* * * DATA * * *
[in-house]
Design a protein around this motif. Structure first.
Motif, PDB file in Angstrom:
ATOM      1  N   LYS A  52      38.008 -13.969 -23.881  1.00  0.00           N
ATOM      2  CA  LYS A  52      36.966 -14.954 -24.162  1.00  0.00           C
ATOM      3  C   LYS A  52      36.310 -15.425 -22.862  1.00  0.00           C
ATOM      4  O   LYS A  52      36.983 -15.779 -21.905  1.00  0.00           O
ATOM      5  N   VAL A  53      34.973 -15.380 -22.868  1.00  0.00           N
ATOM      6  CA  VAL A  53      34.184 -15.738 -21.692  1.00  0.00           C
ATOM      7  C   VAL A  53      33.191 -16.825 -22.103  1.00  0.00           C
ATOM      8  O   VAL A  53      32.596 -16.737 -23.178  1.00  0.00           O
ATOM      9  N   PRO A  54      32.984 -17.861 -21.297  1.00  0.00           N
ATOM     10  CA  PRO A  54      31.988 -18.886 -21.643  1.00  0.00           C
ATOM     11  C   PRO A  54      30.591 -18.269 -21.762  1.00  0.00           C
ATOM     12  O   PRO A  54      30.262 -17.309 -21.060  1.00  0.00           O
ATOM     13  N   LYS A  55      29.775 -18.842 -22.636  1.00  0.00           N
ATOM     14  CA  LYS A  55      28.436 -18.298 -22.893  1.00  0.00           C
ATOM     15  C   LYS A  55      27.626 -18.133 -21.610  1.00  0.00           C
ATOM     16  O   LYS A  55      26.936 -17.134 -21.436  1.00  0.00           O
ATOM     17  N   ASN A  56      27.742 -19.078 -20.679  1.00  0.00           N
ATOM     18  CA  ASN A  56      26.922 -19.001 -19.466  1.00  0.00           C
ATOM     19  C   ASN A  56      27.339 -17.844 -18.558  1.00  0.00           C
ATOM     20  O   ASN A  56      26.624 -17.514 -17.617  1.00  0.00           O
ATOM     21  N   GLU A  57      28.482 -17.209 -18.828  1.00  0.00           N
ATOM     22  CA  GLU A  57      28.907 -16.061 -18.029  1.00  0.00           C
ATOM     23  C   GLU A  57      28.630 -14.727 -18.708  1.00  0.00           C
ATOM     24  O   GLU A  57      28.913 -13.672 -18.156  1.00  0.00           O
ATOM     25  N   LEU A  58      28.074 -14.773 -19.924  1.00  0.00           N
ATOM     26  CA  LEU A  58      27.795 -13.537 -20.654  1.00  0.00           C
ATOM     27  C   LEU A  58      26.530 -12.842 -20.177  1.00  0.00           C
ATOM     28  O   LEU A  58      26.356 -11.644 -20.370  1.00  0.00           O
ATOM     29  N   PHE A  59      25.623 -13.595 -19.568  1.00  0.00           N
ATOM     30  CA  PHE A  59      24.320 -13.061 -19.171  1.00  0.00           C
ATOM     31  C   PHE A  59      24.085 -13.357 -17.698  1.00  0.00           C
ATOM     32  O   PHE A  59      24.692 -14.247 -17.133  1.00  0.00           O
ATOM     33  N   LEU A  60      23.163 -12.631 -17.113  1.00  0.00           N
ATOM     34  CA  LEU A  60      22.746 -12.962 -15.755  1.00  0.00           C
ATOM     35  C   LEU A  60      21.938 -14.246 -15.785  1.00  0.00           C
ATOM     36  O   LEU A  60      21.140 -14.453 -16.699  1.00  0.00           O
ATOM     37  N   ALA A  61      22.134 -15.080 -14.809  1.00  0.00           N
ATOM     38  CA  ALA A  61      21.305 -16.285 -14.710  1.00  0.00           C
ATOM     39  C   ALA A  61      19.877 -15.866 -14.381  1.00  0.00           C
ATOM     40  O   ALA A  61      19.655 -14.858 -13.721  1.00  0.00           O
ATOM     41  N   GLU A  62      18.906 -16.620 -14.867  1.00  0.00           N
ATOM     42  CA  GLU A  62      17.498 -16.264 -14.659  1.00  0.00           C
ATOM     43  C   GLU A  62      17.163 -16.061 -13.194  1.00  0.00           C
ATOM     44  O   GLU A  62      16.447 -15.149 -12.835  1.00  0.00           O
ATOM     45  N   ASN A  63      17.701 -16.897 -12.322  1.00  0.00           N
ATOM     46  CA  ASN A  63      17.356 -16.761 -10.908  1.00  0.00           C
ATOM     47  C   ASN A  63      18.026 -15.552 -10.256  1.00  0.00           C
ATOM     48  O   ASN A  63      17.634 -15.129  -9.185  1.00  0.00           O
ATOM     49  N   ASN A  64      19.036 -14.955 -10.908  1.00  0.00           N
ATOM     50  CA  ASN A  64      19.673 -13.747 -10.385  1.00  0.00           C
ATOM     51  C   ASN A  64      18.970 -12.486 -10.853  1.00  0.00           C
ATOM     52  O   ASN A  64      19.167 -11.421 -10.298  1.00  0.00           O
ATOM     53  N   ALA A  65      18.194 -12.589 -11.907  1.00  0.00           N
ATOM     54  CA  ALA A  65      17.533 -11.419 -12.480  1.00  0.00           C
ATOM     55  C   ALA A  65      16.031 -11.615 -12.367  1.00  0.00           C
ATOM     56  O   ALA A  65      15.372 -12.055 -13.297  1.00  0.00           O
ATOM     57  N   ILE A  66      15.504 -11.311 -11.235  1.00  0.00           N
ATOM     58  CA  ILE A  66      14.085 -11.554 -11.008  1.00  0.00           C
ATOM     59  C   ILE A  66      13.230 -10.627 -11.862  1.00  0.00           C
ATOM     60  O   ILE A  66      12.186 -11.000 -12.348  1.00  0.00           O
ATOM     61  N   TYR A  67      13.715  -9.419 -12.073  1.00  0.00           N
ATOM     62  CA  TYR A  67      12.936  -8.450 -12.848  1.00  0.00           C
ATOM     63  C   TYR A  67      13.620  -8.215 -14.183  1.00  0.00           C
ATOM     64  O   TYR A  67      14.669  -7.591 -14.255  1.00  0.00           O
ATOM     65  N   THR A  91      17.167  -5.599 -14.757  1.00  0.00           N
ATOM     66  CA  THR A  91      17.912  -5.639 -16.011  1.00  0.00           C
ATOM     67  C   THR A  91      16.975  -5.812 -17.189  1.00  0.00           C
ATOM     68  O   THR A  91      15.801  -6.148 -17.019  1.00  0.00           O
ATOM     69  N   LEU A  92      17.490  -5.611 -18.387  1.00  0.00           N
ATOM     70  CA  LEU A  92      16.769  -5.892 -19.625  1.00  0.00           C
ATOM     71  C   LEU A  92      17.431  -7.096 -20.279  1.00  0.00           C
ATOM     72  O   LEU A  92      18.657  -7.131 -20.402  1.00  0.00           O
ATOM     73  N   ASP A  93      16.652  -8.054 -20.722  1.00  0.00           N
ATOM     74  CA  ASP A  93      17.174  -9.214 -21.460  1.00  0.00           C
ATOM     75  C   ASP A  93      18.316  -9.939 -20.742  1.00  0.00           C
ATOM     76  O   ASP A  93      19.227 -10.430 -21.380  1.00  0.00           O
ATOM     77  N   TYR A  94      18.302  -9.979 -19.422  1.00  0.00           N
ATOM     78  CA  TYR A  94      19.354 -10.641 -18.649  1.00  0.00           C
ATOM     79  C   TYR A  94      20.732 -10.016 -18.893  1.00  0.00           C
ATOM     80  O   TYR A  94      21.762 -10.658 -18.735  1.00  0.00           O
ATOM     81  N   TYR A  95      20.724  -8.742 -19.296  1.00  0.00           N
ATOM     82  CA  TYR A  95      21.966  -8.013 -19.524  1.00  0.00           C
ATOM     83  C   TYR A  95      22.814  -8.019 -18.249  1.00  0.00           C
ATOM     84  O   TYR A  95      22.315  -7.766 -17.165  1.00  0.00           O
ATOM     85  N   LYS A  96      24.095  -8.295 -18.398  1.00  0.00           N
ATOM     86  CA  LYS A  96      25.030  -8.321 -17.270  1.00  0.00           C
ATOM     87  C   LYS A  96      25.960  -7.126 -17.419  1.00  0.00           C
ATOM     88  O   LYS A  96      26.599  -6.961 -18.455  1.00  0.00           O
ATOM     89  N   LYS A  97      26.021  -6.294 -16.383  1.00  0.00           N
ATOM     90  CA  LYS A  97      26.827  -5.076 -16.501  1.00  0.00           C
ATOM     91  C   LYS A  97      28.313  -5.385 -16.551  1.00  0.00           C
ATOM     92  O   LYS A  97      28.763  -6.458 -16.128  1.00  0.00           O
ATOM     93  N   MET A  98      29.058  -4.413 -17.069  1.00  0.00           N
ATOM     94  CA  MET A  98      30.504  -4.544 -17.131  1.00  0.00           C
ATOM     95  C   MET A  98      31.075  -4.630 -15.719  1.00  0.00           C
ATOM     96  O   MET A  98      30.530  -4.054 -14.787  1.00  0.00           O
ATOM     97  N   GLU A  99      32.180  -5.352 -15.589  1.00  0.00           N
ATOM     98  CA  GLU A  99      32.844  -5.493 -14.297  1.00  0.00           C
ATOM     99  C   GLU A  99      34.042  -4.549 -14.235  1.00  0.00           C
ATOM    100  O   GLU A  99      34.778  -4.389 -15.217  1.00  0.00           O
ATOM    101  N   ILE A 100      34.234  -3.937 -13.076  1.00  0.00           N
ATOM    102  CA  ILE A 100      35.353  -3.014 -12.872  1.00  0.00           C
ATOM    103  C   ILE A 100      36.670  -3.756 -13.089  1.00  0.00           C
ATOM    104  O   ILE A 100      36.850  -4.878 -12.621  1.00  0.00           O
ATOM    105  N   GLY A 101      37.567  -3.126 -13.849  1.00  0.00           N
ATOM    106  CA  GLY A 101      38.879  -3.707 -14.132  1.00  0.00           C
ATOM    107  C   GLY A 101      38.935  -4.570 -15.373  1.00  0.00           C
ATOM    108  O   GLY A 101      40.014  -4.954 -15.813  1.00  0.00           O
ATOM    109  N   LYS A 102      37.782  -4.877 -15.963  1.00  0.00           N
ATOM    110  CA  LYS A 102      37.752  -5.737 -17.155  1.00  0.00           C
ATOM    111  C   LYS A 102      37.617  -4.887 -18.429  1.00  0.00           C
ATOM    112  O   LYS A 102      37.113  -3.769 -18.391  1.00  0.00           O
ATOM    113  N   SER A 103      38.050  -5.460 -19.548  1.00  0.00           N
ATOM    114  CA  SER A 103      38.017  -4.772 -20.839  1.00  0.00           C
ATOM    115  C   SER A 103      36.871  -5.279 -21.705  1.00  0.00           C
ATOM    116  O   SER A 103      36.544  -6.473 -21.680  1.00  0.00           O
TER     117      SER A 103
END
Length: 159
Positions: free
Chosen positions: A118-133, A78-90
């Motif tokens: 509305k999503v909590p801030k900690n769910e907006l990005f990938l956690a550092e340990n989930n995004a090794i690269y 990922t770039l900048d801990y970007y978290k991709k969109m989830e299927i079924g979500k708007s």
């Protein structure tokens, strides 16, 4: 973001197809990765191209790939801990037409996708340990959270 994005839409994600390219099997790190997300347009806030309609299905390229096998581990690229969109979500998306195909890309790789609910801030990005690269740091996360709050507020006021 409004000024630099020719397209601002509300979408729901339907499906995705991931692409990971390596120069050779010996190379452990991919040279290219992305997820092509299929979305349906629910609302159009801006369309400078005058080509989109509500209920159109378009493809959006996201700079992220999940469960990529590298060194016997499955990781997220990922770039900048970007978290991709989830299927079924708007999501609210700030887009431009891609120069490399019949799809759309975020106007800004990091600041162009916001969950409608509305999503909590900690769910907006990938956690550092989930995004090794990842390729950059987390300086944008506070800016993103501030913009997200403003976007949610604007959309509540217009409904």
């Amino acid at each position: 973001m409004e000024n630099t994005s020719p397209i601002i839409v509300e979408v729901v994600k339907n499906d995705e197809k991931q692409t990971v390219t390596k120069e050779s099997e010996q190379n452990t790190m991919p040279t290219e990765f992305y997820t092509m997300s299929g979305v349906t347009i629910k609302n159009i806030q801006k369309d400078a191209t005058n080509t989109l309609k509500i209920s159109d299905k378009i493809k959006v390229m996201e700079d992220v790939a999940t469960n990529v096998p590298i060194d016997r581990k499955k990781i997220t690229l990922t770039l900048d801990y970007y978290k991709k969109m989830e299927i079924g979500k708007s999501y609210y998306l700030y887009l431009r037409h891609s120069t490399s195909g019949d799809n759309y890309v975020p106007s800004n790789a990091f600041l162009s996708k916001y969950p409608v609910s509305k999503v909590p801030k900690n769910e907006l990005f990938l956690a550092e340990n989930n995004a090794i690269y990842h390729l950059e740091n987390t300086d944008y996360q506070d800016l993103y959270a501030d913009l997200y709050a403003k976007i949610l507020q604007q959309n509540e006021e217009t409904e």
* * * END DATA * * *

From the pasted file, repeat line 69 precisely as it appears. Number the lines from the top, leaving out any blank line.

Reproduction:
ATOM     66  CA  THR A  91      17.912  -5.639 -16.011  1.00  0.00           C